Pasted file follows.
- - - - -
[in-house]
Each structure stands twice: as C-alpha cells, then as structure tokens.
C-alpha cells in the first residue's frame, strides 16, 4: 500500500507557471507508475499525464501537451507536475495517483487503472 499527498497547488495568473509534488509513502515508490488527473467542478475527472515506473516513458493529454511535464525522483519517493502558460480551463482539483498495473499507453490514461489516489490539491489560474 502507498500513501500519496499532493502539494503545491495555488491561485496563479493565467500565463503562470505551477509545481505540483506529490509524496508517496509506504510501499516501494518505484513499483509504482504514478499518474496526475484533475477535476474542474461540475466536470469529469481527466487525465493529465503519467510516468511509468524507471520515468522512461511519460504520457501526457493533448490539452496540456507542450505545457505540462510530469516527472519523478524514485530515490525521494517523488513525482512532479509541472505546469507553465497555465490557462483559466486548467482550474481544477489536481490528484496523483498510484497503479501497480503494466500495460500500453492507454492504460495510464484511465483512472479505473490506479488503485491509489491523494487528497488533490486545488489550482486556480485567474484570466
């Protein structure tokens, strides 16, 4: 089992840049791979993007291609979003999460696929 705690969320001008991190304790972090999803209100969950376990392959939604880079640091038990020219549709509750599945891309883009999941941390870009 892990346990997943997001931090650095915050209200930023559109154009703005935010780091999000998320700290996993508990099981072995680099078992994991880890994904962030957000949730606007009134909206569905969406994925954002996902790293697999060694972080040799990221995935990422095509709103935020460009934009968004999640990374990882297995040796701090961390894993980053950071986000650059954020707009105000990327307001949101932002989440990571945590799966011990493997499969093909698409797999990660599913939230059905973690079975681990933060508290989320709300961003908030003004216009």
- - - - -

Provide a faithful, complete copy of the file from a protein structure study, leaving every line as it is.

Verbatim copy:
[in-house]
Each structure stands twice: as C-alpha cells, then as structure tokens.
C-alpha cells in the first residue's frame, strides 16, 4: 500500500507557471507508475499525464501537451507536475495517483487503472 499527498497547488495568473509534488509513502515508490488527473467542478475527472515506473516513458493529454511535464525522483519517493502558460480551463482539483498495473499507453490514461489516489490539491489560474 502507498500513501500519496499532493502539494503545491495555488491561485496563479493565467500565463503562470505551477509545481505540483506529490509524496508517496509506504510501499516501494518505484513499483509504482504514478499518474496526475484533475477535476474542474461540475466536470469529469481527466487525465493529465503519467510516468511509468524507471520515468522512461511519460504520457501526457493533448490539452496540456507542450505545457505540462510530469516527472519523478524514485530515490525521494517523488513525482512532479509541472505546469507553465497555465490557462483559466486548467482550474481544477489536481490528484496523483498510484497503479501497480503494466500495460500500453492507454492504460495510464484511465483512472479505473490506479488503485491509489491523494487528497488533490486545488489550482486556480485567474484570466
């Protein structure tokens, strides 16, 4: 089992840049791979993007291609979003999460696929 705690969320001008991190304790972090999803209100969950376990392959939604880079640091038990020219549709509750599945891309883009999941941390870009 892990346990997943997001931090650095915050209200930023559109154009703005935010780091999000998320700290996993508990099981072995680099078992994991880890994904962030957000949730606007009134909206569905969406994925954002996902790293697999060694972080040799990221995935990422095509709103935020460009934009968004999640990374990882297995040796701090961390894993980053950071986000650059954020707009105000990327307001949101932002989440990571945590799966011990493997499969093909698409797999990660599913939230059905973690079975681990933060508290989320709300961003908030003004216009």